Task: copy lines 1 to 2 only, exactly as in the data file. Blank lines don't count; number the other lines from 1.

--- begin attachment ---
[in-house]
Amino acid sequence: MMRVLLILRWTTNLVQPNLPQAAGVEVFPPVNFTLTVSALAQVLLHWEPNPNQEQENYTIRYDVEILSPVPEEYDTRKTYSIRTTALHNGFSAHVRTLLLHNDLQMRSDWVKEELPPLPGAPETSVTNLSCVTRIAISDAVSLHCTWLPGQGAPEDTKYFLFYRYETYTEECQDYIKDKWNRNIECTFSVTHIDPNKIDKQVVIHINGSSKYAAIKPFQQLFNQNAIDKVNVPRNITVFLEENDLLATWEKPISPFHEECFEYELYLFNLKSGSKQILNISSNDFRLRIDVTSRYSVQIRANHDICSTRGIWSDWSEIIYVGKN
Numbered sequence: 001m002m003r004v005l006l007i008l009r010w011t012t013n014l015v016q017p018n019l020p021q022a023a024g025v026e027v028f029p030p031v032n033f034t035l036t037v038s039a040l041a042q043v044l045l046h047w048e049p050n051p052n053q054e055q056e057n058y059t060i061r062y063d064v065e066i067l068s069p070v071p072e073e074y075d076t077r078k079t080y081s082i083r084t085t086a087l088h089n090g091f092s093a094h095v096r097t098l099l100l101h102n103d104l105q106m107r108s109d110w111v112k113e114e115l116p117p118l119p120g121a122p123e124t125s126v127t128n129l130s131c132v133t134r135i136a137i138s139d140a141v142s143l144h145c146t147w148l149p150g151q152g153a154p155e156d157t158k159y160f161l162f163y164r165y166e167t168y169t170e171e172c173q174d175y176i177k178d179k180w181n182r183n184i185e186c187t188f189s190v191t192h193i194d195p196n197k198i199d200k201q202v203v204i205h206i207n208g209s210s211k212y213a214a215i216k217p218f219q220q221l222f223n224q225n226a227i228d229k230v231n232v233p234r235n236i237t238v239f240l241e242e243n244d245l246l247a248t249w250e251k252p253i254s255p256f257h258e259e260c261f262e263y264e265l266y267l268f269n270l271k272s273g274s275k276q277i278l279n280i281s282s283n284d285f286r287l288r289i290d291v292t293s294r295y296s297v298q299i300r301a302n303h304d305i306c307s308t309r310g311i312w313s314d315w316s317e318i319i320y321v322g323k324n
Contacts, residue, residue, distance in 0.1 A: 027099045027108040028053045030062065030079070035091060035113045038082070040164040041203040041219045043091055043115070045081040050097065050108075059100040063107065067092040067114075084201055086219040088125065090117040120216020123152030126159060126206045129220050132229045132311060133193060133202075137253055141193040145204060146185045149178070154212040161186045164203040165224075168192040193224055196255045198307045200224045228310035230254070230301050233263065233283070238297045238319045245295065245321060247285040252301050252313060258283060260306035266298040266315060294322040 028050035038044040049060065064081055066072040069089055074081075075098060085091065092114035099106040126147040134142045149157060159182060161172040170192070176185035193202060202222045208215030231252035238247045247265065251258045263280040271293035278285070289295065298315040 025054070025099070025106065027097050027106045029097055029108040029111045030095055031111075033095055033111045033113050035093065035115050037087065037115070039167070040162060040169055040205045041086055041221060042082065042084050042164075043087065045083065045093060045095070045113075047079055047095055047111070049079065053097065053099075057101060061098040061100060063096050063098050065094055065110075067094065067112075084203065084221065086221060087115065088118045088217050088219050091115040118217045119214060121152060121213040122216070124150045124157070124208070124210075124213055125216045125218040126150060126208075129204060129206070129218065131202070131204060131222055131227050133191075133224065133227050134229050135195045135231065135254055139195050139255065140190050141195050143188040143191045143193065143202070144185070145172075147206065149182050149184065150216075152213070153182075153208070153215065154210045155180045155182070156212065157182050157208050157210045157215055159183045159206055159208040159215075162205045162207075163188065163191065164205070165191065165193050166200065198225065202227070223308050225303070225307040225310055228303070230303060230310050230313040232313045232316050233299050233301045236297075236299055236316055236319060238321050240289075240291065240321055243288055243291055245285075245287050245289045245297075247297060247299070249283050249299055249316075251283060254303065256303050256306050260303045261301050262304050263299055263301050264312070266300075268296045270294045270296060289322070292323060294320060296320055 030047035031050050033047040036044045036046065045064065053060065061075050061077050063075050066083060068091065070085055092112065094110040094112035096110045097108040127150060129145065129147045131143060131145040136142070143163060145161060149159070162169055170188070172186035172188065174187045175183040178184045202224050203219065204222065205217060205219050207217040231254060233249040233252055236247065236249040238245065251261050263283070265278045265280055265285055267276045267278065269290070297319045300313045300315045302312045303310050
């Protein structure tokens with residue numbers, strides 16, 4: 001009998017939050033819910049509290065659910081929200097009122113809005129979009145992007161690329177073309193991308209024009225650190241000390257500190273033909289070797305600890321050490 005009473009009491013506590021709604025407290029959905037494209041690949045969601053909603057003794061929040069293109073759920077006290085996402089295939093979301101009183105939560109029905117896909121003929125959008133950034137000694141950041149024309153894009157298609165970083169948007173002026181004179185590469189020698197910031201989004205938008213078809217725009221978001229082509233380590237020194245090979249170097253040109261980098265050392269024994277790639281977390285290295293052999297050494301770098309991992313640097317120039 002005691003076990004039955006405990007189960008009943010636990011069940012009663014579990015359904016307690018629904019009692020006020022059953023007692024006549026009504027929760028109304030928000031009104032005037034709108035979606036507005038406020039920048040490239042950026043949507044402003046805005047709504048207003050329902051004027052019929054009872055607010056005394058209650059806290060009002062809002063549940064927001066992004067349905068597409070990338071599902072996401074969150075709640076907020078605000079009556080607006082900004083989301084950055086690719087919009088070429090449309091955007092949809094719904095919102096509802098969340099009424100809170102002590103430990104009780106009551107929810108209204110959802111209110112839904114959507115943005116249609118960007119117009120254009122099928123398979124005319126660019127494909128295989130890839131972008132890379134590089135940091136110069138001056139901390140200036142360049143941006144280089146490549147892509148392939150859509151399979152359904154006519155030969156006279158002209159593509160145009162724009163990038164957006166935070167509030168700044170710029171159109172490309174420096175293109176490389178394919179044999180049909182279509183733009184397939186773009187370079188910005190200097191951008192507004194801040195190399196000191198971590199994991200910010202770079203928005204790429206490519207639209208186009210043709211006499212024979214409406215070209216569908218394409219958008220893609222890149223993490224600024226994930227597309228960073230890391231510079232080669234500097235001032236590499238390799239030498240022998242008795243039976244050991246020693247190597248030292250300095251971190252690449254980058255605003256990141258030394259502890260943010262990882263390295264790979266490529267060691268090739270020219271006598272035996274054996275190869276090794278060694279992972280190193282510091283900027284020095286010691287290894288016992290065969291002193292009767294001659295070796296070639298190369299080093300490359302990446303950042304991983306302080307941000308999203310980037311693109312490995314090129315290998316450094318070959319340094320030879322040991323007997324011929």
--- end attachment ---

[in-house]
Amino acid sequence: MMRVLLILRWTTNLVQPNLPQAAGVEVFPPVNFTLTVSALAQVLLHWEPNPNQEQENYTIRYDVEILSPVPEEYDTRKTYSIRTTALHNGFSAHVRTLLLHNDLQMRSDWVKEELPPLPGAPETSVTNLSCVTRIAISDAVSLHCTWLPGQGAPEDTKYFLFYRYETYTEECQDYIKDKWNRNIECTFSVTHIDPNKIDKQVVIHINGSSKYAAIKPFQQLFNQNAIDKVNVPRNITVFLEENDLLATWEKPISPFHEECFEYELYLFNLKSGSKQILNISSNDFRLRIDVTSRYSVQIRANHDICSTRGIWSDWSEIIYVGKN